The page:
Advent Sunday - Reflection

‘O that you would tear open the heavens and come down, so that the mountains would quake at your presence’. Isaiah 64:1

‘Then they will see “the Son of Man coming in clouds” with great power and glory[…] Therefore, keep awake—for you do not know when the master of the house will come, in the evening, or at midnight, or at cockcrow, or at dawn, or else he may find you asleep when he comes suddenly. And what I say to you I say to all: Keep awake.’ Mark 13: 26,35-37

Brothers and sisters, today is the beginning of Advent. Some of us will be beginning our Advent devotionals, starting our Advent disciplines of prayer and fasting. Some of us will be opening our first Advent calendar window as we begin our waiting for Christmas. Today if you venture in to church you will see the church dressed in purple and the first Advent candle lit; and if we had a service we would have sung, or more likely listened to, the Advent hymn ‘O Come O Come Emmanuel’. It’s a beautiful hymn and one which conveys much of what Advent is all about. The hymn opens with these words:

O come, O come, Emmanuel,

And ransom captive Israel,

That mourns in lonely exile here

Back in the history of God’s people, Israel had been quite literally kidnapped. Dragged off to a foreign land; dragged off into exile. Kidnapping is always a terrible crime, made worse in a pre-modern era when there were no mobile phones, and so most likely any ransom demand would have taken months, even years, to be agreed. The hymn imagines the Israelites in exile crying out to God to come and save them, to come and ransom them, to buy them back, or to use the correct English word ‘redeem’ them. And whilst they sang, they watched and waited, and they prayed that, in the words of today’s Old Testament reading, God ‘would tear open the heavens and come down’. Then they wait to be ransomed; they wait to be redeemed.

What does any of this have to do with us? Well, the writers of the New Testament, reflecting on the words of Jesus Himself, ask all of us to wake up and see that we too have been kidnapped. Kidnapped by our desires, by our addictions, and by our preference to go our own way rather than God’s. The Scriptures tell us that it is not just that  we have wandered away from God - though we have done that - it’s also that we’ve been taken captive by a power alien to God’s purposes and alien to our happiness. All of us are addicted to sin, held captive by something which does NOT want our happiness. We too, therefore, need to be ransomed, we need to be bought back, we need to be redeemed. The words of the hymn, then, become ours too:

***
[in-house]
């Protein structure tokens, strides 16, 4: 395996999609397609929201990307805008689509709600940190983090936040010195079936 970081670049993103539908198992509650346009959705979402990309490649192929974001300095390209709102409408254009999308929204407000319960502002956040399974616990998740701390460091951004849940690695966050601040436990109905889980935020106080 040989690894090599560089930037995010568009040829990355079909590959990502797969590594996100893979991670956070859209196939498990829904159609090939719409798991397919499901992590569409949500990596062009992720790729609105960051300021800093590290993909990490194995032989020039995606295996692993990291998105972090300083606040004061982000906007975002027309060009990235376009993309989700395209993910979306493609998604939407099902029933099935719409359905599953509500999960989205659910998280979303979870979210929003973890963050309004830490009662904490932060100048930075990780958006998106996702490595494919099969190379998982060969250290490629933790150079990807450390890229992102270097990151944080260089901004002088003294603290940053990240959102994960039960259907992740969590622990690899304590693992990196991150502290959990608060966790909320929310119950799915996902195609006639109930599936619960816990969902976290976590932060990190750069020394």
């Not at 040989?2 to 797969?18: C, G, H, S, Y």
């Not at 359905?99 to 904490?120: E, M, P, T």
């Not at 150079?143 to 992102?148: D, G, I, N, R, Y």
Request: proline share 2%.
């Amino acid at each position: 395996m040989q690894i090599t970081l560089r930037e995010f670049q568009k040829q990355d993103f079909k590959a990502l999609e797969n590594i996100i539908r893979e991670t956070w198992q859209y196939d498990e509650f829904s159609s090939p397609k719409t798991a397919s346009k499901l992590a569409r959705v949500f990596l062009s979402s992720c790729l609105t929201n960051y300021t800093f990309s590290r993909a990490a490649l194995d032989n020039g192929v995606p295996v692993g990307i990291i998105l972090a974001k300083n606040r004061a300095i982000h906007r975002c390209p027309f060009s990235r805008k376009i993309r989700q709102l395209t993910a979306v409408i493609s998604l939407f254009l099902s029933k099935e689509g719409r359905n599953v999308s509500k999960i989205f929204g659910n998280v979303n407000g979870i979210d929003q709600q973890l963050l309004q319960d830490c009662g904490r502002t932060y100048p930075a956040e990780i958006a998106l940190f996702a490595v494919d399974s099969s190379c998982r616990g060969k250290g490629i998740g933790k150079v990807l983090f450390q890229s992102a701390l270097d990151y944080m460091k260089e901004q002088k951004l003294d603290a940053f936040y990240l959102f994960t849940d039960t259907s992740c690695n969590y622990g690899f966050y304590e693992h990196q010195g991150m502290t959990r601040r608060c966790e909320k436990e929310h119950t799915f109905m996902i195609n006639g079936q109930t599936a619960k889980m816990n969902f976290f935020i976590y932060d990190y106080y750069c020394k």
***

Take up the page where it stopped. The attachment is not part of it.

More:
O come, O come, Emmanuel,

And ransom captive Israel,

That mourns in lonely exile here

And so at Advent we look back to the time when God ‘came down’ as a small baby and was laid in a manger.  When Jesus - Emmanuel meaning God with us - arrived on the world stage to buy us back, in order to be our redeemer. Jesus fulfils the prophecy of Isaiah by coming to earth, and He lives, dies, and rises again so that we might be redeemed. However, at Advent we do not just look back, at Jesus’ command we also look forward. Jesus tells us in our Gospel reading that there will be time when we will see ‘“the Son of Man coming in clouds” with great power and glory.’ God will again ‘come down’ and when He does He will finally end the situation in which humanity is captive to our sins. For now we watch and we wait. But while we wait, Jesus asks us not to doze off, not to fall asleep, but rather to be active in preparing ourselves for His return. Preparing by fighting against that which holds us captive through prayer and fasting. And whilst, as Christians, we are to always be preparing, Advent is a focussed time for such preparation. 

So as we mark the beginning of Advent today, let us begin again to battle that which holds us captive, and in so doing prepare ourselves for Jesus’ return. Let us spend more time in prayer, more time in the Scriptures, and more time asking for God’s help to make us ready. If we do that, then despite everything, this might be the best Christmas ever. Amen (from Rev. Mike).